As we start this year, for most of us, the themes of Sai Rhavë are quite clear. All around the world, people are in quarantine and isolation due to a rampant pandemic that is sweeping the world. The Rhavic symbolism behind this is obvious.
Yet, as is always the case with Sai Rhavë, we can also learn some very important lessons from the experience.
I believe that one of these lessons is the importance of the Hestia, as well as a deepened appreciation for the sectors of life that are traditionally associated with the Feminine Principle.
In the state of the U.S. that I live, we are under a “stay-at-home” order. All businesses, except for those deemed “essential” are closed down. In effect, the Agora has been effectively shut down. It is interesting, though, to learn what business activities truly are essential.
Of course, in this crisis, medical care providers are essential. Yet, the businesses that directly support the Hestia are also essential, such as food providers, store clerks, and sanitation workers. Many of these people do not generally get much respect in our society, but during these times, they have been heroic in helping to provide for our comfort and our needs, risking their own health and safety.
Teachers and those who care for children are also getting new respect as parents are attempting to teach their children at home.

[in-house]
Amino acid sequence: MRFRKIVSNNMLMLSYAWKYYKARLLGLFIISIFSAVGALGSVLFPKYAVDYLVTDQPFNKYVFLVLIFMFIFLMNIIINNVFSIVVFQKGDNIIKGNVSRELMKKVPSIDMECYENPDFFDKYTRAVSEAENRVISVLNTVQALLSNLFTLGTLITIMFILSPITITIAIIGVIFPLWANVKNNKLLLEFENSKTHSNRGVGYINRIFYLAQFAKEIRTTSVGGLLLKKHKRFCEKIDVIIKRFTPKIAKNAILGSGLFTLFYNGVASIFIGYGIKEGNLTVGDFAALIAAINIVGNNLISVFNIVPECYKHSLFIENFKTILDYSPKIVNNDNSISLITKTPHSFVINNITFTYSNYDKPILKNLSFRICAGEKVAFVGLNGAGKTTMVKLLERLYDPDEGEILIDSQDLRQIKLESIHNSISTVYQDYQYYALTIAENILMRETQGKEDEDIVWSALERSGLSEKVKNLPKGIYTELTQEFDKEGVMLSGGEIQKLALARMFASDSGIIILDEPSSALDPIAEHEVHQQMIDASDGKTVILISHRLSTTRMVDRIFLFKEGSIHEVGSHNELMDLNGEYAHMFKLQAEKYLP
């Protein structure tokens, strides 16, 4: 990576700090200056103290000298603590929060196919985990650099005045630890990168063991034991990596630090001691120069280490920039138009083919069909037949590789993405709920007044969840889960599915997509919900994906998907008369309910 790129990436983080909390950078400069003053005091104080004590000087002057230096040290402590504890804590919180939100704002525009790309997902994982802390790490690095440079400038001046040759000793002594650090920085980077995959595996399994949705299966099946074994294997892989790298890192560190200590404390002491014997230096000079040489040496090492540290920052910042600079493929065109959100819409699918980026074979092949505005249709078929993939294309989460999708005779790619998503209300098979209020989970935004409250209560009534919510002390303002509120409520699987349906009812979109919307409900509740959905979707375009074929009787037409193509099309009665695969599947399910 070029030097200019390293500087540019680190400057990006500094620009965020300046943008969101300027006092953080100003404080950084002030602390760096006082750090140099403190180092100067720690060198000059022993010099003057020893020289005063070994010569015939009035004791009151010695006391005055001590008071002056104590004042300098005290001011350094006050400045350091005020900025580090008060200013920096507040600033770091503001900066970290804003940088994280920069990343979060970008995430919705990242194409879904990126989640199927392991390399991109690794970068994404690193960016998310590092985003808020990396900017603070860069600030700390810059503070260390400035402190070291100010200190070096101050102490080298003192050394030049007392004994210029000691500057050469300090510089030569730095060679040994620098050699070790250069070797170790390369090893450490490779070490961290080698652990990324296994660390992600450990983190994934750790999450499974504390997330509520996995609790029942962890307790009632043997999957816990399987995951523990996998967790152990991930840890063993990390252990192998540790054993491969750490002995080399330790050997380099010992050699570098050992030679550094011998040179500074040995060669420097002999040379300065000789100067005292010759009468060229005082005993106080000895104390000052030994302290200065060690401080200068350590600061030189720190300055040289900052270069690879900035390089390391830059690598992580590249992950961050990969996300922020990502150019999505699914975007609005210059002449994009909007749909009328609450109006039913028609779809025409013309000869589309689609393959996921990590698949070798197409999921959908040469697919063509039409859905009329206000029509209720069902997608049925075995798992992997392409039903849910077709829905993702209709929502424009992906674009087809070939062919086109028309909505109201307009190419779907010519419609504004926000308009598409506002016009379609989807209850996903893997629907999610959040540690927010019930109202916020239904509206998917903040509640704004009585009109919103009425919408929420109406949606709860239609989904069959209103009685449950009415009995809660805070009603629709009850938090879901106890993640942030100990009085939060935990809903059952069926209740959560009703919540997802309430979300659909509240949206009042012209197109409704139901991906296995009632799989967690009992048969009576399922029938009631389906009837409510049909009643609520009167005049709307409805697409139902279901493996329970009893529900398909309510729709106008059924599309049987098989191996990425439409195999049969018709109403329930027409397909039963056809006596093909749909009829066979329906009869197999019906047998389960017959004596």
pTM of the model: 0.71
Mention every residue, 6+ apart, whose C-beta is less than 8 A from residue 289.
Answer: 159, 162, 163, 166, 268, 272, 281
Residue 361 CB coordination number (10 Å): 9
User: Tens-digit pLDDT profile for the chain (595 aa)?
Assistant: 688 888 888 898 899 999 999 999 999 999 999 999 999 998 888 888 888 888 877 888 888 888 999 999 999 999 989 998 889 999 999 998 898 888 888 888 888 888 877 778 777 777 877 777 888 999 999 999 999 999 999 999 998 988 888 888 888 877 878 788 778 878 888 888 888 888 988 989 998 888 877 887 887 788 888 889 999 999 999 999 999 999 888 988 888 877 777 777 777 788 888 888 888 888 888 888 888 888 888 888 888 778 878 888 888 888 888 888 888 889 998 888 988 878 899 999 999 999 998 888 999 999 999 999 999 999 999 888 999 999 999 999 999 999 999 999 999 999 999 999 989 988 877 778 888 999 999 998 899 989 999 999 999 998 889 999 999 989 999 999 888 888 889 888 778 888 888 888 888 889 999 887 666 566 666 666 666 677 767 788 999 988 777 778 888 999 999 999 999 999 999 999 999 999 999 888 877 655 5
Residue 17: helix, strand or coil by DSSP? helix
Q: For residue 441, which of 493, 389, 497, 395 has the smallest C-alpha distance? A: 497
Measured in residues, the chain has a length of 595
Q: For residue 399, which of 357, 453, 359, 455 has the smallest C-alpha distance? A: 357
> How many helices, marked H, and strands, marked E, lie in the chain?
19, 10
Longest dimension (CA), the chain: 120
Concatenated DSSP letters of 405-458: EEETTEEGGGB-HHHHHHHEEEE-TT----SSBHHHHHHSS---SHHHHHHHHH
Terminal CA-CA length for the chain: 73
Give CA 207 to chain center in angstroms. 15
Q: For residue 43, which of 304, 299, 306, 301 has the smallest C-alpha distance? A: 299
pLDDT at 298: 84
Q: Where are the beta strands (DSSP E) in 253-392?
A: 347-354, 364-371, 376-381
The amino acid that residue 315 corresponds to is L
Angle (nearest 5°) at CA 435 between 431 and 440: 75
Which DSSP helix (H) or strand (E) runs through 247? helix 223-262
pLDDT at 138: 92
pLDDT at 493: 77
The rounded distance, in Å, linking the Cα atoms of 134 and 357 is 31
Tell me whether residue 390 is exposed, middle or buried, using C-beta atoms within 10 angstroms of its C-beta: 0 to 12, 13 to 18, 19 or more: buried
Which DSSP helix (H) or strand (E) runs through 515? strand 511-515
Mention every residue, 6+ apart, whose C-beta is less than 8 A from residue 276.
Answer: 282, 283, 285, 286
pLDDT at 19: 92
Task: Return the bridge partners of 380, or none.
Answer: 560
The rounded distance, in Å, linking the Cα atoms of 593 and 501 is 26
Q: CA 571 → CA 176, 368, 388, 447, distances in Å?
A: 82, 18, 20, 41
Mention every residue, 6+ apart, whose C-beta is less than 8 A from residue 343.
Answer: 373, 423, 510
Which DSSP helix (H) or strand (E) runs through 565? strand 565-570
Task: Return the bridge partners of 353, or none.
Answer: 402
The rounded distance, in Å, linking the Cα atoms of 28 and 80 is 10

In addition to those who are still at work, we are also learning about what it is that we actually need, as well as the strange things that we think that we need.
Most of those in the U.S. have never really experienced shortages. We might be limited by our financial resources in what we can buy, but there has always been the sense that we could buy whatever we needed or wanted if we could afford it. Now, we are discovering that many things are quite difficult to find.
One of the stranger things has been just how important people seem to find toilet paper, which has now become a scarce commodity. Although, I remember many conversations with my late grandmother in which we talked about a new invention or technology, and she recounted to me that she remembered when they invented toilet paper. I wonder what she would say about all of this.
Now that many people are at home, we are gaining awareness of our own Hestias and our own immediate families. There are those that are experiencing loneliness and boredom, particularly those that live alone. There are those that are having to be together with people that they have spent very little time with. Ironically, for some, such as housewives and stay-at-home moms, this is a time of greater engagement with the Agora, with spouses working from home.